Predicting the Popularity of Bicycle Sharing Stations: An Accessibility-Based Approach

Bay Area Bike Share bicycles in Palo Alto

I presented a paper about modeling the popularity of bikesharing stations at the California Geographical Society 2014 annual meeting in Los Angeles. I calculated accessibility measures to jobs and residents using Census and OpenStreetMap data and the open-source OpenTripPlanner network analysis suite. I used those as independent variables in regressions to try to explain the popularity of bikesharing stations. I used bikeshare popularity data from Washington, DC, San Francisco, and Minneapolis–St. Paul. The main goal of the modeling is to build models of station popularity that can be transferred from one city to another, and thus used as planning tools for new bikeshare systems.

I initially tried linear regression, using best-subset selection to choose a subset of the accessibility measures as predictors; ultimately only one variable, the number of jobs within 60 minutes of the station by walking and transit, was used. I used a log-transformed response to control heteroskedasticity. This model predicted fairly well (R^2 = 0.68), but it doesn’t transfer well (test R^2 = 0.31 in Minneapolis/St. Paul and -0.15 in San Francisco, indicating that the model produces more variability rather than explaining any). The residuals were spatially autocorrelated in all of these models, with Moran’s \(I \approx 0.5\).

Next I tried random forests, which seemed like a good choice because they tend to perform well in situations with highly-correlated variables, which is the situation we have–all of the accessibility measures are strongly correlated. The random forest fit the Washington, DC data considerably better than the linear model did (R^2 = 0.84), but again transfer performance was rocky. I has been reduced to being not statistically significant in DC. When transferred, I is lower than with the linear model in San Francisco, but higher in Minneapolis. Ultimately, I suspect that the random forest model is too flexible and is fitting the Washington, DC data too closely.

The models are also likely misspecified. They include accessibility only to jobs and residents, but bikeshare is used for many purposes other than going to work, and thus many more accessibility measures should determine the popularity of a station. However, additional accessibility measures are likely to be highly correlated with those already present, which increases the variance of the coefficients and decreases their t-statistics and statistical significances.

Based on all of this, it seems like we need to pursue models that are inflexible and work well with highly-correlated predictors. Two that seem to fit the bill are ridge regression and principal components regression. Ridge regression works by shrinking coefficient estimates towards zero, introducing some bias but also reducing the variance. Principal components regression works by creating k principal components and using them as predictors in a regression. A principal component is the vector along which the data vary the most. With highly-correlated variables, a small number of principal components can capture most of the variation in the data. Both of these methods represent decreases in flexibility over ordinary linear regression. Applying these types of models is a topic for future research.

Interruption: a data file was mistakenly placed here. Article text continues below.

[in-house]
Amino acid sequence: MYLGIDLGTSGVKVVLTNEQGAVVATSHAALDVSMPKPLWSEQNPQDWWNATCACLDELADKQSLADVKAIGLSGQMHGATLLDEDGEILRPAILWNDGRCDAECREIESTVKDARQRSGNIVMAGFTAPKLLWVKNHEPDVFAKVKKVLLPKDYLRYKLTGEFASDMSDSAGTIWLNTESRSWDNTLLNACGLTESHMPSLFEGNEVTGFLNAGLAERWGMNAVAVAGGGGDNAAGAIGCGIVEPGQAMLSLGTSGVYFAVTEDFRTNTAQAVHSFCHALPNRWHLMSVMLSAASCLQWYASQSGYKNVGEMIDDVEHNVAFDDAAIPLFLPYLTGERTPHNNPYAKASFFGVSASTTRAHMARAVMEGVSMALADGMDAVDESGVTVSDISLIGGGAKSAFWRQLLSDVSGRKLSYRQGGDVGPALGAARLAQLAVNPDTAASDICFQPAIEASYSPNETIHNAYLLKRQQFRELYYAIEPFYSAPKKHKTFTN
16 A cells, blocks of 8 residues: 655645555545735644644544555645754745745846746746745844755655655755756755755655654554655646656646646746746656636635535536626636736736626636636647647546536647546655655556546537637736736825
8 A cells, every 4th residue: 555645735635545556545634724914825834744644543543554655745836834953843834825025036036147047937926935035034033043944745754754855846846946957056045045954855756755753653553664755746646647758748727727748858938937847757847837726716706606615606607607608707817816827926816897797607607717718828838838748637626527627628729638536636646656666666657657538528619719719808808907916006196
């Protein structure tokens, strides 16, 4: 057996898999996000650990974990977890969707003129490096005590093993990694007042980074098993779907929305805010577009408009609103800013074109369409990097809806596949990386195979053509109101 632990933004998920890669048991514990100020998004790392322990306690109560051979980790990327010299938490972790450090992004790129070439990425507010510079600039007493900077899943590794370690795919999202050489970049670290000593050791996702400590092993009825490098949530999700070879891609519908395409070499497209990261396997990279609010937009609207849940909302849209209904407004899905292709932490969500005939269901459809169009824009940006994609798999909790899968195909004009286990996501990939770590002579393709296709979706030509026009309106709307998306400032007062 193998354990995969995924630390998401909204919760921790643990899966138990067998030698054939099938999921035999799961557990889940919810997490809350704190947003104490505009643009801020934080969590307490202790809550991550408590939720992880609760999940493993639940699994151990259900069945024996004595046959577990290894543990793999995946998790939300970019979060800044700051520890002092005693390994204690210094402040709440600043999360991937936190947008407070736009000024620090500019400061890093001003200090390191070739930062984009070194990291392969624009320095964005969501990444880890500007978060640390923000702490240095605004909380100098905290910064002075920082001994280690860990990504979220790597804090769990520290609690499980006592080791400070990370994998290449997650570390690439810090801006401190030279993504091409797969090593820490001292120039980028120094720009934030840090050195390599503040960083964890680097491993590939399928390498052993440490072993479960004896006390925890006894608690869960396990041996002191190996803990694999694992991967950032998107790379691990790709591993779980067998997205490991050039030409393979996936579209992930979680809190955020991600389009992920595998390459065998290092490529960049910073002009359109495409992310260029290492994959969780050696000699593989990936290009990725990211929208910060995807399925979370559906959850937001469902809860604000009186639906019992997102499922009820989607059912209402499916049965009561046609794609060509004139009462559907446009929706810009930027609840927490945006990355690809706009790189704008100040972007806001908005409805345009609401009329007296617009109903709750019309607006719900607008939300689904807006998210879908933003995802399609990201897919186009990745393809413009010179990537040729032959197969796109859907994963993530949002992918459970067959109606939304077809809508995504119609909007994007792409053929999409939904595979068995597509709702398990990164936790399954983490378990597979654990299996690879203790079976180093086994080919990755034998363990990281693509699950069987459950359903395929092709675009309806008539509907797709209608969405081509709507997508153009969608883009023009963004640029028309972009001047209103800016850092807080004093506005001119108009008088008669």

Ultimately, the results of this study are mixed. There is a significant connection between accessibility and bikeshare station popularity. The models predict fairly well in Washington, DC, the city for which they were fit, but do not transfer well. For a model to be useful as a new-system planning tool, it needs to transfer not only in form but also in parameters. However, future research with additional accessibility measures and inflexible statistical techniques seems promising.

For a more in-depth treatment, see the full paper. The slides from the conference presentation are available as well. I would like to thank Kostas Goulias in the UCSB Department of Geography for his help with this project. I would also like to thank Eric Fischer for his assistance with San Francisco bikeshare data. Any errors that remain are, of course, mine.

Update (May 4, 2014): I uploaded a new copy of the paper with a few corrections:

  • I added a note about OpenTripPlanner as beta software (p. 4)
  • I added a note about the units of the accessibility variables (p. 8)
  • I added a description of the coefficients of the fit model (p. 8)
  • I added a footnote about sampling (p. 8f)
  • I added a note about how the San Francisco linear model has been flattened (p. 13)
  • I added legends to maps that were missing them (pp. 16-21)

Update (August 24, 2014): The San Francisco accessibility measures were incorrectly calculated using California State Plane Zone 5 instead of Zone 3 projection. It is not believed that this introduced a significant amount of error, in relation to other sources of error such as geographic aggregation by centroid or stochastic variation in methods. The paper has not been modified.

Matthew Wigginton Conway
Matthew Wigginton Conway
PhD Candidate in the School of Geographical Sciences and Urban Planning, Arizona State University

I am PhD Candidate in Geography at Arizona State University, where I research how zoning codes influence transport outcomes.